Protected forests are important to our survival
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Protected forests keep significantly more climate-warming carbon out of the atmosphere than unprotected forests, according to a new study. The research, published in the journal Nature Communications, illustrates just how important protected areas are in the fight to curb climate change.
Like a lot of research about earthly ecosystems, this analysis started in outer space.
The researchers, including scientists from Conservation International, used data generated by a laser mounted on the International Space Station. The laser’s mission — called the Global Ecosystem Dynamics Investigation (known as GEDI and yes, it’s pronounced “Jedi,” as in “Star Wars”) — was to create the first-ever three-dimensional map of the world’s forests. This map is the first to measure the structure and health of forests on a global scale, enabling researchers to calculate the full amount of carbon they store.
What they found: Forests that are in protected areas, like national parks or wilderness preserves, keep an additional 10 billion metric tons of carbon out of the atmosphere. That’s the equivalent of one year’s worth of global fossil fuel emissions.
The GEDI project, housed at the University of Maryland, offers an unprecedented view inside Earth’s forests, including trees’ height and the density of branches and leaves — one of the best measures of aboveground carbon storage.
“We’ve never before had access to data over such a broad area — and with this level of detail,” said Conservation International scientist Patrick Roehrdanz, a study co-author. “It proves that protected areas are excellent at stashing away carbon and stabilizing the climate.”
To understand how effective protected forests and other areas are at storing carbon — and combating climate change — researchers analyzed billions of 3D measurements of forest canopy structure and biomass, comparing data from protected areas to unprotected areas with similar ecological conditions, such as climate patterns. The only difference between the forests was their protected status.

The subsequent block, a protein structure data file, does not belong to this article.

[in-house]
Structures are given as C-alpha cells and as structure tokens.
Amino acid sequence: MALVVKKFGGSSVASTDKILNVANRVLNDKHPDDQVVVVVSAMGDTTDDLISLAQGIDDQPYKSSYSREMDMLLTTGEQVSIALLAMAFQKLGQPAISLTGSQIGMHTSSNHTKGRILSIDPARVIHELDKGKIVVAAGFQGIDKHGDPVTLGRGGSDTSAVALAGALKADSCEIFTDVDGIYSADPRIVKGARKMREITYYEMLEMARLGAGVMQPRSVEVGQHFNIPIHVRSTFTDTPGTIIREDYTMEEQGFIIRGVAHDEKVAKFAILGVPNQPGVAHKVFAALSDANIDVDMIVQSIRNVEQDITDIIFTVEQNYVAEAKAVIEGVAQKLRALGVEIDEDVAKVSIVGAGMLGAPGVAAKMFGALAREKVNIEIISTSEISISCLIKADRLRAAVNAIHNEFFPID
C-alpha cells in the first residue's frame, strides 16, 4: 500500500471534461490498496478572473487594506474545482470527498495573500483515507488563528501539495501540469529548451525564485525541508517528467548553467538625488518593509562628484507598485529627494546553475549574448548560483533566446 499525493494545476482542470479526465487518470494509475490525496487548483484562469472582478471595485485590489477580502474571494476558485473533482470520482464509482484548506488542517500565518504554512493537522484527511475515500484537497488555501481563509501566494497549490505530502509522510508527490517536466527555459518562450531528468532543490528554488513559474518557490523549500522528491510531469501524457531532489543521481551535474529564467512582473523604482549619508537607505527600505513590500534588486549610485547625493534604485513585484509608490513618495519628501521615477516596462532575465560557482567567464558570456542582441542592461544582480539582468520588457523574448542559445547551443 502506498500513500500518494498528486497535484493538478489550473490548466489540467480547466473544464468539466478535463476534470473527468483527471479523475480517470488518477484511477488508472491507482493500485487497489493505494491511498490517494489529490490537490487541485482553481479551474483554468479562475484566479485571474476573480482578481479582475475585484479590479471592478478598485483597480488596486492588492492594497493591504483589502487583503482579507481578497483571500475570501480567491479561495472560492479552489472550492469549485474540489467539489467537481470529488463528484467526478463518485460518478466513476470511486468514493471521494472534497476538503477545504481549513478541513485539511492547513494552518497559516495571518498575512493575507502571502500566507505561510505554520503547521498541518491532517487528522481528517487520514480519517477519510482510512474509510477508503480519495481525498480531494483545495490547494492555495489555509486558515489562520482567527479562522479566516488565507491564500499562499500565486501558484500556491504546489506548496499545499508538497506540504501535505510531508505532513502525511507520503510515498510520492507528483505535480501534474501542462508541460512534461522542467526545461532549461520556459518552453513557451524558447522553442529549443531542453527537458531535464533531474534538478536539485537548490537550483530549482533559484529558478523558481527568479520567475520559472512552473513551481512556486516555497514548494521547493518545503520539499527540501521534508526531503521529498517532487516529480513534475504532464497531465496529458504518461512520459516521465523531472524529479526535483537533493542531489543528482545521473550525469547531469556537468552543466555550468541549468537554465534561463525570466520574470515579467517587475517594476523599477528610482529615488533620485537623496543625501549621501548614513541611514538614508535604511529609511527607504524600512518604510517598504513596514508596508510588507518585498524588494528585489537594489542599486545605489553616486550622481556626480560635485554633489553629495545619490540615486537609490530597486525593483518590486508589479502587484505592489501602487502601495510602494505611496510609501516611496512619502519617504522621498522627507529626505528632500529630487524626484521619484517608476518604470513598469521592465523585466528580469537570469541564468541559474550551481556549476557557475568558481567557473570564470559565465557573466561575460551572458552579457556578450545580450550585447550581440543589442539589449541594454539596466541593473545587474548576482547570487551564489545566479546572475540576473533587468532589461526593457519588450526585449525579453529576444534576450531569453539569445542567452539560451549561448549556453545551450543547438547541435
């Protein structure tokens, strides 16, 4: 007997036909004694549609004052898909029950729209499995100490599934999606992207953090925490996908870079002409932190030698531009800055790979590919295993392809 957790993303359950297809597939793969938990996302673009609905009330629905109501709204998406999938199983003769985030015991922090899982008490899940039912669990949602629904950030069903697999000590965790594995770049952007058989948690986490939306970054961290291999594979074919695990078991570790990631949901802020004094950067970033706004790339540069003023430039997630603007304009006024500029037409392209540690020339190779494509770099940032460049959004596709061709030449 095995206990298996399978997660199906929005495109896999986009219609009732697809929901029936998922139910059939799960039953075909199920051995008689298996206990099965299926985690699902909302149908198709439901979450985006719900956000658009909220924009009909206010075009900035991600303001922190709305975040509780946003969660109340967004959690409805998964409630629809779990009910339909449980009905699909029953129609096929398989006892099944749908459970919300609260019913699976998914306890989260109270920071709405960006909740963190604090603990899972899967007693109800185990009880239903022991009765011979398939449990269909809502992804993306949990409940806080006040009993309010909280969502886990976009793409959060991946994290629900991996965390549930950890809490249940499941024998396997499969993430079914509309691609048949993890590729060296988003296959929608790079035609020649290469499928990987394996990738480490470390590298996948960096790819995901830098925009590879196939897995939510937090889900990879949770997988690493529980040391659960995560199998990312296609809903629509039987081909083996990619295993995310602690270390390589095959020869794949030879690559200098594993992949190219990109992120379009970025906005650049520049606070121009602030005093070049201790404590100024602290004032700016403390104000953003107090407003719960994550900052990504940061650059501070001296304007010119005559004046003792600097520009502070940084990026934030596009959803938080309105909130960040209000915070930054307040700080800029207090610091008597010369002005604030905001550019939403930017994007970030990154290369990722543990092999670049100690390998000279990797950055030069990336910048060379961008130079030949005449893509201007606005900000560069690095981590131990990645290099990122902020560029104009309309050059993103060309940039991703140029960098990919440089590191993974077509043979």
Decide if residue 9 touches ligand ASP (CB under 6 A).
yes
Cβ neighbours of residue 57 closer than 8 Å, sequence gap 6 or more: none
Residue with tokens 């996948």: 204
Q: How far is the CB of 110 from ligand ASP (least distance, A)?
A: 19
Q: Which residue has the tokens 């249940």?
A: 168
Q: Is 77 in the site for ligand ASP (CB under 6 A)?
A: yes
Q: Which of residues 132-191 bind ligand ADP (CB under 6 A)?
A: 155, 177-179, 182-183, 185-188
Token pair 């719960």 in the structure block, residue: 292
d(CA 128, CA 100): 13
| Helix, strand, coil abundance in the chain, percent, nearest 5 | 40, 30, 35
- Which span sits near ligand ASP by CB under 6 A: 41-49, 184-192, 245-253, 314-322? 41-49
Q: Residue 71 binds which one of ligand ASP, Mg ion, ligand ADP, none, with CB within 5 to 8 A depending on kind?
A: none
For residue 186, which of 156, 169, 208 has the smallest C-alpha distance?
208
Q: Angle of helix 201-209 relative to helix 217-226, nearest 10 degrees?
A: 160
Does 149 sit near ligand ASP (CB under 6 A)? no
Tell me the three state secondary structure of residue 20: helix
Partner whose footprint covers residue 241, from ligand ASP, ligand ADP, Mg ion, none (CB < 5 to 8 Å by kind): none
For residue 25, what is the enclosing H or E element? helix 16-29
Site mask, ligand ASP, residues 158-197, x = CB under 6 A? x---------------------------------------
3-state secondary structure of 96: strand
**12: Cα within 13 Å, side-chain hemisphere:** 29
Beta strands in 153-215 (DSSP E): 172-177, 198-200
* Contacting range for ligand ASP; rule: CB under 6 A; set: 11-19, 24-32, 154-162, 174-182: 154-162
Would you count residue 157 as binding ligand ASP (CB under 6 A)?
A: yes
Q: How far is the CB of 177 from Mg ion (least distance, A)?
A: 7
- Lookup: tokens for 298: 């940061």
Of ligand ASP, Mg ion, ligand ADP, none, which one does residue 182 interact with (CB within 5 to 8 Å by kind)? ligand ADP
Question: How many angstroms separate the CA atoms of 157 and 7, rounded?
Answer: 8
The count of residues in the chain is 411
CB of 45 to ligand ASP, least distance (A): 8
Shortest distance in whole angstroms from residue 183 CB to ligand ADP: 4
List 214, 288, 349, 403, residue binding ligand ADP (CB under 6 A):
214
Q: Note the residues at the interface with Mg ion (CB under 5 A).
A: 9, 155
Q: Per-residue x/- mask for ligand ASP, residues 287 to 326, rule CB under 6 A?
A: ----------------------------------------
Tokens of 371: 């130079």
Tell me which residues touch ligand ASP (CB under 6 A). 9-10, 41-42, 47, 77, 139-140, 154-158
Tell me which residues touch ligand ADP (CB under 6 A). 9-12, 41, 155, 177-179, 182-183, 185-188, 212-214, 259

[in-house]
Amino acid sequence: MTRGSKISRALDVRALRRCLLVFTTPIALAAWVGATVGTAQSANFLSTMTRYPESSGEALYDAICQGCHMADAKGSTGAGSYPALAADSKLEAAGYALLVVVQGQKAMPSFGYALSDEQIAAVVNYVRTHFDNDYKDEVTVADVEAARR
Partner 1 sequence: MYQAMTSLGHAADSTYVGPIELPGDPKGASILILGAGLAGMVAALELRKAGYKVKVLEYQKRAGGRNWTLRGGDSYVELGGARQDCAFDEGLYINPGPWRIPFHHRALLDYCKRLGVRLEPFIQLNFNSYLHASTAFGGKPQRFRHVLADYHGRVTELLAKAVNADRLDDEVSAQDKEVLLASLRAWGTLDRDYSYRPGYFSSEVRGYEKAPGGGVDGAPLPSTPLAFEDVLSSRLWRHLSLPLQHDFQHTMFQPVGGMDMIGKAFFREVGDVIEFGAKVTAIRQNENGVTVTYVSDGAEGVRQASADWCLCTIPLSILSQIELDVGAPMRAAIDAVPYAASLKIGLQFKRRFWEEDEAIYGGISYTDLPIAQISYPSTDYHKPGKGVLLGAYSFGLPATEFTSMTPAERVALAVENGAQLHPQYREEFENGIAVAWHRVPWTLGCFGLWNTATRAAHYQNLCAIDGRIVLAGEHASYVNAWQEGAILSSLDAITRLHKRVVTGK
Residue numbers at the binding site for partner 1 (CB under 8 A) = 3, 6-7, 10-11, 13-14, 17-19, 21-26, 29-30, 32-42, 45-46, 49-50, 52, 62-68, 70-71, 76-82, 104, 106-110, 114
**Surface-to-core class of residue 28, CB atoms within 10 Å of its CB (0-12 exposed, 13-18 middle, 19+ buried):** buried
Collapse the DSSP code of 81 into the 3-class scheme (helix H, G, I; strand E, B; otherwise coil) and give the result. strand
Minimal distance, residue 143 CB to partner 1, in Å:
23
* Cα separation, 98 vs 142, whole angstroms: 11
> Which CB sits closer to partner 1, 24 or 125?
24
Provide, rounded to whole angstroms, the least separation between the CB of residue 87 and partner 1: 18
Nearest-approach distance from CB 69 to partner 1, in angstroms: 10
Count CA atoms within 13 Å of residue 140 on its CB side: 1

“Some ecosystems are naturally more carbon-dense than others,” said Conservation International scientist Seb Costedoat, another co-author of the study. “What sets this study apart is the apples-to-apples comparison that allows us to isolate the difference in carbon storage between protected and unprotected areas.”
Further reading: These ecosystems could determine our climate future
Protected forests support healthier ecosystems with larger, more mature trees than unprotected forests; researchers have long suspected that they also store much more carbon. The new study confirms that assumption and points to the ways nature is staving off the worst consequences of climate change, where humans have let it.
Reports from the Intergovernmental Panel on Climate Change (IPCC), a body of experts convened by the United Nations, warn that catastrophic climate impacts may soon outpace humanity’s ability to adapt. At the same time, though, the IPCC noted that three of the top five actions with the highest potential for curbing climate change are rooted in nature: stopping deforestation, restoring natural ecosystems and improving agricultural management.
Further reading: Experts see hope in a gloomy climate report
Amid global commitments to keep temperature rise to 1.5 degrees Celsius and protect 30 per cent of the planet by 2030, Roehrdanz says this study shows that well-managed protected forests are an effective strategy to meet climate goals.
“Protected areas are an essential part of the conservation toolkit,” he added. “Looking to the future, this data opens a window of opportunity to help us understand how we can target areas that store the most carbon and therefore provide the most potential to mitigate climate change.”